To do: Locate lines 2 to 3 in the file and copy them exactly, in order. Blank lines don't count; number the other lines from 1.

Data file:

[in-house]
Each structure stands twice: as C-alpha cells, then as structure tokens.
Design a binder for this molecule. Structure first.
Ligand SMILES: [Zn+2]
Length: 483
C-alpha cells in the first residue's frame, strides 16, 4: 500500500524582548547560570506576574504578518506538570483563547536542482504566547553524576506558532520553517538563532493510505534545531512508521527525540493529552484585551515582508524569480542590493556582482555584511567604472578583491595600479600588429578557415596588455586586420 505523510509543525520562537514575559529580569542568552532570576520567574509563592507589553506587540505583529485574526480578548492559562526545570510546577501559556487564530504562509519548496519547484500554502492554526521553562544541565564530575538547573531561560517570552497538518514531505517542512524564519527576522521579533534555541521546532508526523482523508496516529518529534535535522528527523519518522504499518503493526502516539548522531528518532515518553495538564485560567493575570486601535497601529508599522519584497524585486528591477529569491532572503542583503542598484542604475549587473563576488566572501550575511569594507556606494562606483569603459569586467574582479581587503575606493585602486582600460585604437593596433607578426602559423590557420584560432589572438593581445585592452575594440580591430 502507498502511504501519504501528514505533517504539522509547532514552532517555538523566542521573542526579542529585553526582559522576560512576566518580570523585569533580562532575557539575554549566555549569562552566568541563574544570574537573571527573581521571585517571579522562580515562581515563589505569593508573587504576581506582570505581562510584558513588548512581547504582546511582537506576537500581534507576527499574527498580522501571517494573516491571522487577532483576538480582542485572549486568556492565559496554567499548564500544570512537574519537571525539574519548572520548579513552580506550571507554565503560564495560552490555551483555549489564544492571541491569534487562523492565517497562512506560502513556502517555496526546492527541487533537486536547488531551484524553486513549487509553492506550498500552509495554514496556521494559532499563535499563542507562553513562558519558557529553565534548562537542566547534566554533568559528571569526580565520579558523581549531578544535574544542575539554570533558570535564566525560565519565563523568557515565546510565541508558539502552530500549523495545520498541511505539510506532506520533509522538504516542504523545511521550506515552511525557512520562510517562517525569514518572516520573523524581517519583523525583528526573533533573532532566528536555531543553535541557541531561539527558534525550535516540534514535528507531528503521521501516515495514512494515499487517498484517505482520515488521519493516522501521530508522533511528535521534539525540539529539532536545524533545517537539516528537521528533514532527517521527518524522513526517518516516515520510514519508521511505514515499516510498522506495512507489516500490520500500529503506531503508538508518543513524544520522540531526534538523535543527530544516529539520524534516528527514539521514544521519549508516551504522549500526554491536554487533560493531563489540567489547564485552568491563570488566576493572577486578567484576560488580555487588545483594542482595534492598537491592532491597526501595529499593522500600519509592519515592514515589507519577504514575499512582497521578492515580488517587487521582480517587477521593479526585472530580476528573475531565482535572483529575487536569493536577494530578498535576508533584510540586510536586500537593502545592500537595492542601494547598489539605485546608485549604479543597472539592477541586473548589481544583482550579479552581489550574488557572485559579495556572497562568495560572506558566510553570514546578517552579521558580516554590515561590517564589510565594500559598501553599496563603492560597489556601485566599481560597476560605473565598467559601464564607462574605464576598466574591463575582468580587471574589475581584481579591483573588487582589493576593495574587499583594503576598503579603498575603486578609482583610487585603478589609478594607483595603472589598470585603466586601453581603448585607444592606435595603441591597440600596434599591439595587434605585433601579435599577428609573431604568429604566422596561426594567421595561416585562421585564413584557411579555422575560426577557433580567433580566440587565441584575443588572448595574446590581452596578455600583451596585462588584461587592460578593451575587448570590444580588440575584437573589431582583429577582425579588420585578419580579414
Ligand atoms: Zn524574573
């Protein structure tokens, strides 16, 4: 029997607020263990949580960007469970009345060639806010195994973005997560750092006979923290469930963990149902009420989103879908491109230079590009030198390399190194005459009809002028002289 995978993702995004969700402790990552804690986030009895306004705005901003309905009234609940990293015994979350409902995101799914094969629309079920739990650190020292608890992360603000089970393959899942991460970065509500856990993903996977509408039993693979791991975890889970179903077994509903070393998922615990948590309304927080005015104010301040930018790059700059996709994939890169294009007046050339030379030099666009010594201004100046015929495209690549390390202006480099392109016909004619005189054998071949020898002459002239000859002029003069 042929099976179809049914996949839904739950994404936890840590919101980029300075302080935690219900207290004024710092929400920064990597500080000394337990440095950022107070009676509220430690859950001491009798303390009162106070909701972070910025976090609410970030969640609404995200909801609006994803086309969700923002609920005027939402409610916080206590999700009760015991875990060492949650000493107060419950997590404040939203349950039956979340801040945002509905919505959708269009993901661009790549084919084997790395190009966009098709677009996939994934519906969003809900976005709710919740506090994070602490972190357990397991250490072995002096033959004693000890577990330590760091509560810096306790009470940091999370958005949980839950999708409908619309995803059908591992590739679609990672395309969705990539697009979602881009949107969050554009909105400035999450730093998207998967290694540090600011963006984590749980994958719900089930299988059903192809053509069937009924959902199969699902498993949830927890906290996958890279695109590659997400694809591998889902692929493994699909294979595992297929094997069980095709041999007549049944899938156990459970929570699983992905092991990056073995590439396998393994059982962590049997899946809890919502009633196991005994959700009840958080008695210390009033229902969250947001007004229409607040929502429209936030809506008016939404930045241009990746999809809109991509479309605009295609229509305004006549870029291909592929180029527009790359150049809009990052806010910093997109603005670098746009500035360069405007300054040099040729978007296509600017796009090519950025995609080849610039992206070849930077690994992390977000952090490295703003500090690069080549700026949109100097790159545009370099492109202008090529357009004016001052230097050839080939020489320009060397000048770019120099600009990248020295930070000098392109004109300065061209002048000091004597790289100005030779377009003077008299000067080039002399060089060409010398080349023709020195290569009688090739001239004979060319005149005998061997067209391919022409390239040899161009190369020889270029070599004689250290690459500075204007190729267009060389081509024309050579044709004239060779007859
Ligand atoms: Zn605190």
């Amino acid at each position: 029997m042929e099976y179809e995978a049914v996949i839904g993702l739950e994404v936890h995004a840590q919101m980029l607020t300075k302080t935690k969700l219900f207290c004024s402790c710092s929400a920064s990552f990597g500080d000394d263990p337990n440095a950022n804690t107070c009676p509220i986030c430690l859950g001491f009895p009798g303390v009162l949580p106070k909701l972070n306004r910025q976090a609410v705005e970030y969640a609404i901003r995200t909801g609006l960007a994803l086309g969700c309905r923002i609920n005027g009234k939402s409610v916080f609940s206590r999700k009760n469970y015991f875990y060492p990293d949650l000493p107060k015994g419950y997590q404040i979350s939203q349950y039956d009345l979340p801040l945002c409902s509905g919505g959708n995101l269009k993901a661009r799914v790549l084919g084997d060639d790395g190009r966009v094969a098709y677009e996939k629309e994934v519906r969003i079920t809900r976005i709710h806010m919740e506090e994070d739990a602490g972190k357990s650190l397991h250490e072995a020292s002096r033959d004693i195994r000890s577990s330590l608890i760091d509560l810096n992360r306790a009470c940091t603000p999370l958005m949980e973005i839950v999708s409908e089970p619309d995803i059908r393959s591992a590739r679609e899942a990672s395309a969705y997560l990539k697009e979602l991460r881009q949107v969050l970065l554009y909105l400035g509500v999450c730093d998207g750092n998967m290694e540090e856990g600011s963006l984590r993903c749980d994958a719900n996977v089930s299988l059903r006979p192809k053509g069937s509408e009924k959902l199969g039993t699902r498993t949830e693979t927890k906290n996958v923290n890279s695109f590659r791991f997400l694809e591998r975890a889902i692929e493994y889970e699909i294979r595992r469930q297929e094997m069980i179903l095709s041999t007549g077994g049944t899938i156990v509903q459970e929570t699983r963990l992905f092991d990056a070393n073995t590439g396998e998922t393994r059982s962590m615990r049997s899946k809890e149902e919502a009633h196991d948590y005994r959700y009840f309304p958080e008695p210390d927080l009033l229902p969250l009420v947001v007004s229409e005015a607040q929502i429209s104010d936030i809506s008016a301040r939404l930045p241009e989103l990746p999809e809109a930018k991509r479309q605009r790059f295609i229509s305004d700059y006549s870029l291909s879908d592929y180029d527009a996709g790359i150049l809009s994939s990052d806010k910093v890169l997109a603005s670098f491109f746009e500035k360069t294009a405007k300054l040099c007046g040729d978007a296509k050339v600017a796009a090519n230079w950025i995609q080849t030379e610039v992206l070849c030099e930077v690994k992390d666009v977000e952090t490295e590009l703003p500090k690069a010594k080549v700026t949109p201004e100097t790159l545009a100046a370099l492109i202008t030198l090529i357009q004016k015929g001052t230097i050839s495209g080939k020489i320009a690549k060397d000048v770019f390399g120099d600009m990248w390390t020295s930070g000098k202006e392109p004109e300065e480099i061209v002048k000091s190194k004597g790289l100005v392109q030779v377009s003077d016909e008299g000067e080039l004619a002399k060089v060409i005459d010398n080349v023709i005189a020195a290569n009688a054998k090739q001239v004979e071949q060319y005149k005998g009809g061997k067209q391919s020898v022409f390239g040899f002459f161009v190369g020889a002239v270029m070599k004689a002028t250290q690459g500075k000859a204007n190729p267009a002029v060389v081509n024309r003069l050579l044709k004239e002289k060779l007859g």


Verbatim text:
Each structure stands twice: as C-alpha cells, then as structure tokens.
Design a binder for this molecule. Structure first.